I made it into California Thursday night. I left Ohio Tuesday morning. It was 4F out in Ohio and Ohio didn’t want me to leave! The airport did their best to keep the runway clear for me but 5” of snow Christmas Eve and strong winds on Christmas made it tough the taxiway from the hangar to the runway had huge drifts so we towed the airplane out to the runway and did my run up and everything there. It was in a heated hangar so It was preflighted, warm and ready to go. There was a lot of clouds and snow to navigate around getting out of Ohio but after a few stops and smooth flying, I made it to Enid well before sundown and was greeted by Bruce Crain.

It was awesome to have a fellow quickie pilot to stay with and made everything so much easier! Thanks again Bruce! Wednesday morning the weather at DHT was IFR and there was no way around it so it made for an easy decision to stick around for the day and diagnose my oil pressure. My oil pressure was always right around 30psi which seemed low for how fresh the engine is. It was 20psi the whole way from Ohio to Enid which was concerning. I suspected and issue with the gauge or relief valve and after verifying the gauge measurement we moved on to the relief valve which had what appeared to be about 5 pieces of very hard dry rubber behind it and at least one of them holding the valve open. Cleaned that out, drained and screened the oil (it was clean) and did a test flight - 42psi sweet!

I had to wait around Enid until 10am to let low ceilings en route to Dalhart open up enough for me to make it there. The weather cleared up halfway to Dalhart. I didn’t think I would make it to Cali with the late start and short day but a nice tailwind most of the day and some quick fuel steps let me make it into glamis just before sunset. As all of you know the scenery from Dalhart to Glamis was pretty incredible. Thanks for all the advice fellas! Happy I didn’t need to use any of my survival gear but it’s great to have it all now. 



Matthew Curcio
419-290-3773


On Dec 21, 2017, at 11:40 AM, Jerry Marstall jerrylm1986@... [Q-LIST] <Q-LIST@...> wrote:

 

Matthew should be commended for reaching out to the group seeking information on X-C flying in a Q.  Several lifesaving suggestions were offered.  

Sometimes our egos prevent us from exposing our limitations or lack of knowledge.   Matthew is obviously a confident and competent aviator.

Wishing you a great experience on your flight west.
Jerry 

On Dec 19, 2017 9:33 AM, "Matthew Curcio mlcurcio89@... [Q-LIST]" <Q-LIST@...> wrote:
 

I'm getting ready to make a literal cross country to bring my Q200 out here to Mojave from my previous home airport in Ohio. I'm planning for <2 hour ~300 mile legs and I'm going to go south and around the rockies. Anywho, any Q specific items or tips you all might have for a long cross country? This will be my first time in any cross country venturing more than 3 states from Ohio.


Current List:


Warm clothes and blanket

water for 2 days and a couple of MRE's

Ipad and Iphone with foreflight for NAV and LA VFR sectional

3 Charging cables( for Ipad and Iphone and spare)

Handheld radio

tie downs (can be used for hand propping if need arises)

30ah Lipo battery back - lightweight and can be used for jumpstarting, backup source for charging nav devices, and added battery reserve for fuel pump (I ditched the hand pump in lieu of a redundant electric pump) in the event of an alternator failure.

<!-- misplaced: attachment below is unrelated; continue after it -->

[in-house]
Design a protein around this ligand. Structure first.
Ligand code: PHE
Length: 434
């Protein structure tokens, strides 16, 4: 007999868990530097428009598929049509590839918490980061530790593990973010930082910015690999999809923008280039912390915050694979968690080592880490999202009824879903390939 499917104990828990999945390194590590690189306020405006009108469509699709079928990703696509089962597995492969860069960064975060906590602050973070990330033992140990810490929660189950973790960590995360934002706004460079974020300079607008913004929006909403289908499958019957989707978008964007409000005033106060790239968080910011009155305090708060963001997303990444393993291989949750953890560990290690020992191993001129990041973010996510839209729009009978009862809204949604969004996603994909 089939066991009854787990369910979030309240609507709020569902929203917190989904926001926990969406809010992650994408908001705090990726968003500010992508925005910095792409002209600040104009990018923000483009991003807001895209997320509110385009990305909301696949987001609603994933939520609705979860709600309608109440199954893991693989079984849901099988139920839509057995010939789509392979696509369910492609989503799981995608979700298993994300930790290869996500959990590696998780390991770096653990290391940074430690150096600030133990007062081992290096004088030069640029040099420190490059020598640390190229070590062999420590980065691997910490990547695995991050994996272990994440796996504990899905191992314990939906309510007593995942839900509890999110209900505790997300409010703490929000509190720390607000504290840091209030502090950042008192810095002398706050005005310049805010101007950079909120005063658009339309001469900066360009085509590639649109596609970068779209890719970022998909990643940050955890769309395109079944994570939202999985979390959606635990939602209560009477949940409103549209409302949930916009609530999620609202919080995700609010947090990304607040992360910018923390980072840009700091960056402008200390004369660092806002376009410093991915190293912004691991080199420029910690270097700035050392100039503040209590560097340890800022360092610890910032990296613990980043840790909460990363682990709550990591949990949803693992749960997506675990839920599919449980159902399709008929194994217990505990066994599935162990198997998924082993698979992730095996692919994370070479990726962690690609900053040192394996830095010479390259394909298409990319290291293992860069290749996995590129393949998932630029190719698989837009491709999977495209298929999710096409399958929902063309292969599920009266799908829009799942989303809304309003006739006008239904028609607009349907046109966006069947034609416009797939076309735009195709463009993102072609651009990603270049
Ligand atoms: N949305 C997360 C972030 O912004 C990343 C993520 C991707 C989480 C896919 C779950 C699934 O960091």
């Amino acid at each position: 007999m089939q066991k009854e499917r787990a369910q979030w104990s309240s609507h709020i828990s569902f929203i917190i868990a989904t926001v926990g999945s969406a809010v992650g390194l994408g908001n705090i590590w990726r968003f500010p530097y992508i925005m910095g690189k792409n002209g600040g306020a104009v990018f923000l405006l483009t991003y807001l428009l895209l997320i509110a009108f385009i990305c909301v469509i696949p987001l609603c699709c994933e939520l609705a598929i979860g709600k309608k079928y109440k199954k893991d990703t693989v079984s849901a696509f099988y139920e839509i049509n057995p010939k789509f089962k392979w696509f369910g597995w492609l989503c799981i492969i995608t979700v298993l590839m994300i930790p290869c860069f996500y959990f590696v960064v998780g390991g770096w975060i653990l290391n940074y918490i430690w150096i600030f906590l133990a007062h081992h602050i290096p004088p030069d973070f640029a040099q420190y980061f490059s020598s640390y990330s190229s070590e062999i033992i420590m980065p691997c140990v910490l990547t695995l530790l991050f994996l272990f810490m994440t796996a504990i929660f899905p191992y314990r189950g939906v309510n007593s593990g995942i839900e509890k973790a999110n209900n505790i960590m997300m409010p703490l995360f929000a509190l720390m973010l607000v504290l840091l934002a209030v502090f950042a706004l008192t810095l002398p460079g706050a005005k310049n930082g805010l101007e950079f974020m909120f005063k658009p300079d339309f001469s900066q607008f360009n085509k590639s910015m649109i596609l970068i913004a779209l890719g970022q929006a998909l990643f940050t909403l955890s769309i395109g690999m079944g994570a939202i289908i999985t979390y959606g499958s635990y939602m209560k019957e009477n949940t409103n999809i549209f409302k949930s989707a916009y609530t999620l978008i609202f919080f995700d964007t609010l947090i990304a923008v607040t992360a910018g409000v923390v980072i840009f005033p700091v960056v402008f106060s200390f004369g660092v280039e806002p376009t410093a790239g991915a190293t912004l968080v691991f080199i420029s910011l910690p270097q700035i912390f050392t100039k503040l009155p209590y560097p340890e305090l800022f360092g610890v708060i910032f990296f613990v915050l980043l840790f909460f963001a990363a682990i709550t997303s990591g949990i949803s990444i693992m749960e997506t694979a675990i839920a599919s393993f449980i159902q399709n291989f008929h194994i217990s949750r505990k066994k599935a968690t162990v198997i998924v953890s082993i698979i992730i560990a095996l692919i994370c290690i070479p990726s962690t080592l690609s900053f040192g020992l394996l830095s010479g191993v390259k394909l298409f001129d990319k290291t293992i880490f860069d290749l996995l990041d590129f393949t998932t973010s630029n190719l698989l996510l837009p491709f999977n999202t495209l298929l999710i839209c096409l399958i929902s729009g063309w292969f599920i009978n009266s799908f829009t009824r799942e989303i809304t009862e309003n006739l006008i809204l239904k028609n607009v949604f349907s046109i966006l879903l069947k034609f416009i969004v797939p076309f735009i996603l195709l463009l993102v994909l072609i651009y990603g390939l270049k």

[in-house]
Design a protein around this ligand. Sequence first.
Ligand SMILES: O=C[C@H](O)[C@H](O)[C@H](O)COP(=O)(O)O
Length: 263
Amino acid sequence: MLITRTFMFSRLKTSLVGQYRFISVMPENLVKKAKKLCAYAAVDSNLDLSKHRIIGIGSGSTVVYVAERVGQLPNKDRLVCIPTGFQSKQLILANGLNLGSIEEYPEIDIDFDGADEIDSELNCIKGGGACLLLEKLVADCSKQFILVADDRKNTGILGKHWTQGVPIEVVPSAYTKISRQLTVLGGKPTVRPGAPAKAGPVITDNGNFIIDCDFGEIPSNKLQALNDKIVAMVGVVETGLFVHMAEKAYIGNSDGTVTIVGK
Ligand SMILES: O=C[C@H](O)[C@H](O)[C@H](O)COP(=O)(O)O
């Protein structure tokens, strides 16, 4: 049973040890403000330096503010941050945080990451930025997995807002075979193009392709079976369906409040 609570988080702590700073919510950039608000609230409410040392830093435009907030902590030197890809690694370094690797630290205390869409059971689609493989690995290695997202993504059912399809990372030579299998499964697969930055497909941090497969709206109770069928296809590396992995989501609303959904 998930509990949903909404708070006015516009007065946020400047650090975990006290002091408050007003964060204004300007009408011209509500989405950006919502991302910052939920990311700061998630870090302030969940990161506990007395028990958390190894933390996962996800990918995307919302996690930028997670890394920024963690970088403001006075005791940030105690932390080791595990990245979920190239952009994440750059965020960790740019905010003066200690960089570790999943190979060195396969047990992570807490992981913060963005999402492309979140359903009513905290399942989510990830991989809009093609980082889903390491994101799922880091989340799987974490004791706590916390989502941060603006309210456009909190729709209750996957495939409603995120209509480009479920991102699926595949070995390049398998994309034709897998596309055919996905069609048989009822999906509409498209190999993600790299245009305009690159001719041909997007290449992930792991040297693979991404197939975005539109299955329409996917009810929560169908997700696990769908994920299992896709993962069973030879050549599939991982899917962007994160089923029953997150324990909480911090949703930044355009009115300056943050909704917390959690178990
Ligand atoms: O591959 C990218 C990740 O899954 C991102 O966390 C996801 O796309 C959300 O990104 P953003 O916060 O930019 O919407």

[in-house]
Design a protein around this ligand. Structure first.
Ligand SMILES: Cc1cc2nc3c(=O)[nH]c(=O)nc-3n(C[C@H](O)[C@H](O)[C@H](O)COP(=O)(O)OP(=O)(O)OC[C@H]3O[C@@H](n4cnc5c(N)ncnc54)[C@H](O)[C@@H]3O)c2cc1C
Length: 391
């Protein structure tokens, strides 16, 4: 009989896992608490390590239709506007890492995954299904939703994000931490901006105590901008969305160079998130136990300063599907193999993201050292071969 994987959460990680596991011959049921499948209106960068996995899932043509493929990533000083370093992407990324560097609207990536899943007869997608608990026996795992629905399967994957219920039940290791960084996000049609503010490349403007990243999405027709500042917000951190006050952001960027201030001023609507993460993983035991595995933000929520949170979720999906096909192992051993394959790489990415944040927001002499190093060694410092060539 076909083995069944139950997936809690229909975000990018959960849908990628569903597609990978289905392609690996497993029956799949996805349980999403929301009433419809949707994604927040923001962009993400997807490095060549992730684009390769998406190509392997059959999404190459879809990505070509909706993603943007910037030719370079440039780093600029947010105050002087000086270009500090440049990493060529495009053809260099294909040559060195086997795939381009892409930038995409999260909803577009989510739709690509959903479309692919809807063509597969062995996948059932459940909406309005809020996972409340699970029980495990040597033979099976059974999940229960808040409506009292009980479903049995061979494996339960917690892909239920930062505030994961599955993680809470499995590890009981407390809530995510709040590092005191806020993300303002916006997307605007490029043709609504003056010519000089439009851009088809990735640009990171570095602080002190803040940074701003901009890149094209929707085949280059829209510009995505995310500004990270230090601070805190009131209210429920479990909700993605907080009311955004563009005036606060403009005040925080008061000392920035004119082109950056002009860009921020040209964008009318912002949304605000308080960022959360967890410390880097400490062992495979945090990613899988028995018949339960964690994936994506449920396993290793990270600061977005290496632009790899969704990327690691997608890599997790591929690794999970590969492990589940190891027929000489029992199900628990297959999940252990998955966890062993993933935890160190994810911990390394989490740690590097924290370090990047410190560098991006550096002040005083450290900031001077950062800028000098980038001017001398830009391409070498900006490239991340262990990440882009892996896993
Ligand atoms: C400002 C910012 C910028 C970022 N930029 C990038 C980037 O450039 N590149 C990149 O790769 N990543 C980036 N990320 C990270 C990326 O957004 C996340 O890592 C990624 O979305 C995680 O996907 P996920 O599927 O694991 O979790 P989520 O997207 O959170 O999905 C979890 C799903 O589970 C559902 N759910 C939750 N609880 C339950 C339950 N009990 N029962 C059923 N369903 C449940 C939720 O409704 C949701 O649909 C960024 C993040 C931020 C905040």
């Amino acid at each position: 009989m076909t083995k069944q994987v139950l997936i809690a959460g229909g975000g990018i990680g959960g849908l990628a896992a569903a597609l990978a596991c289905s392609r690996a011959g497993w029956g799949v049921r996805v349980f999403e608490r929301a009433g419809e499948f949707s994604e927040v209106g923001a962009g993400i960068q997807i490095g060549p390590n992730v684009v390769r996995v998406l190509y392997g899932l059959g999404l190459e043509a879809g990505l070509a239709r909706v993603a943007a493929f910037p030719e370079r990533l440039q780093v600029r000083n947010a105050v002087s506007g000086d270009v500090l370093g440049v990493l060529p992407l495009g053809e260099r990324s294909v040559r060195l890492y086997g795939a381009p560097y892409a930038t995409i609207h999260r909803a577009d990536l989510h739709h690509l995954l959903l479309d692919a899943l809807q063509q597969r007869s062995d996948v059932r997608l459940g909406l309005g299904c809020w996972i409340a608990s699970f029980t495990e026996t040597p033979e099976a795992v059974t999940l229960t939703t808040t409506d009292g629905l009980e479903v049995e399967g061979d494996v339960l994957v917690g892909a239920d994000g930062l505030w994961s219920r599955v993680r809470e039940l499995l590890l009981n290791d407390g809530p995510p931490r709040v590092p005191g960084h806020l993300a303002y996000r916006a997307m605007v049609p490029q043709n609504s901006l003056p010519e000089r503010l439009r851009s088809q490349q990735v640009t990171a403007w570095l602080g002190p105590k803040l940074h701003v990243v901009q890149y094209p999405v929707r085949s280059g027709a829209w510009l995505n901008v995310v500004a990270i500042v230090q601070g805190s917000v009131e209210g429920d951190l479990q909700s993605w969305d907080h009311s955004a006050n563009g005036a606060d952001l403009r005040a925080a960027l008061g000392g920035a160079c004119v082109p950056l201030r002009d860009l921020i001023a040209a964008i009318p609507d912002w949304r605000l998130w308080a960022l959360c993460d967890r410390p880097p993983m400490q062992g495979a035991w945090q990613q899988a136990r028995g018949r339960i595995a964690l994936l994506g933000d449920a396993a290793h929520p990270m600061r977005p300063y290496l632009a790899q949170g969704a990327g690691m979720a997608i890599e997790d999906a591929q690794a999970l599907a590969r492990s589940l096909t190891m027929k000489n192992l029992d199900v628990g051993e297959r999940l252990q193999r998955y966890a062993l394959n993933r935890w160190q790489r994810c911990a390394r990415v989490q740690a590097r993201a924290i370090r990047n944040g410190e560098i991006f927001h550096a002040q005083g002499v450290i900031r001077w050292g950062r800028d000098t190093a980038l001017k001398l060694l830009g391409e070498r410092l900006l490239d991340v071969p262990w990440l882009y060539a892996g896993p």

Matthew Curcio

419.290.3773


Re: MIL-PRF-83282 Brake Fluid

Jay Scheevel
 

I was thinking about using SR-71 fuel. Found some on e-bay.

(Sorry, getting a little giddy around the holidays)

Cheers,
Jay


Re: MIL-PRF-83282 Brake Fluid

britmcman99
 

Some interesting reading from the Cozy builders list on brake fluid:


Some comments by Marc Zeitlin and Bill Allen. 

Phil


On Dec 23, 2017, at 7:58 AM, 'Ryszardzadow@...' ryszardzadow@... [Q-LIST] <Q-LIST@...> wrote:

 

I garauntee you there aren’t any o-rings “manufactured for the regular 5606 brake fluid”, but there are many types of o-rings: 

durometer, size and cost.  These parameters will determine the best suited material for an application.  O-rings are available in several different materials such as PTFE, Nitrile (Buna), Neoprene, EPDM Rubber and Fluorocarbon (Viton).  Kalrez ® o-rings and Silicone seals are also widely used in high temperature applications.>


As stated above you should consider the type of o-ring you have when changing fluids because some fluids aren’t comparable. Buna rings are the most susceptible but if you install Viton rings you’ll have little worries with anything. DOT 5 is comparable with just about everything. This is why we changed to DOT5.

You’re correct that you shouldn’t mix fluids. Anytime you change to a different fluid, even if it says it’s comparable it’s highly recommended to flush out the old fluid. DOT5 requires a flush and we also change to Viton o-rings. That pretty much ends any brake fluid issues for a very long time. 

Ryszard 

On Dec 23, 2017, at 8:07 AM, Sam Hoskins sam.hoskins@... [Q-LIST] <Q-LIST@...> wrote:

 

Check with the brake manufacturer.  As I seem to recall, the automotive brake fluids are incompatible with brake seals manufactured for the regular 5606 brake fluid and mixing the two can cause brake failures.

Again, get the list of compatible fluids from the brake manufacturer themselves, for the parts you have mounted in their aircraft.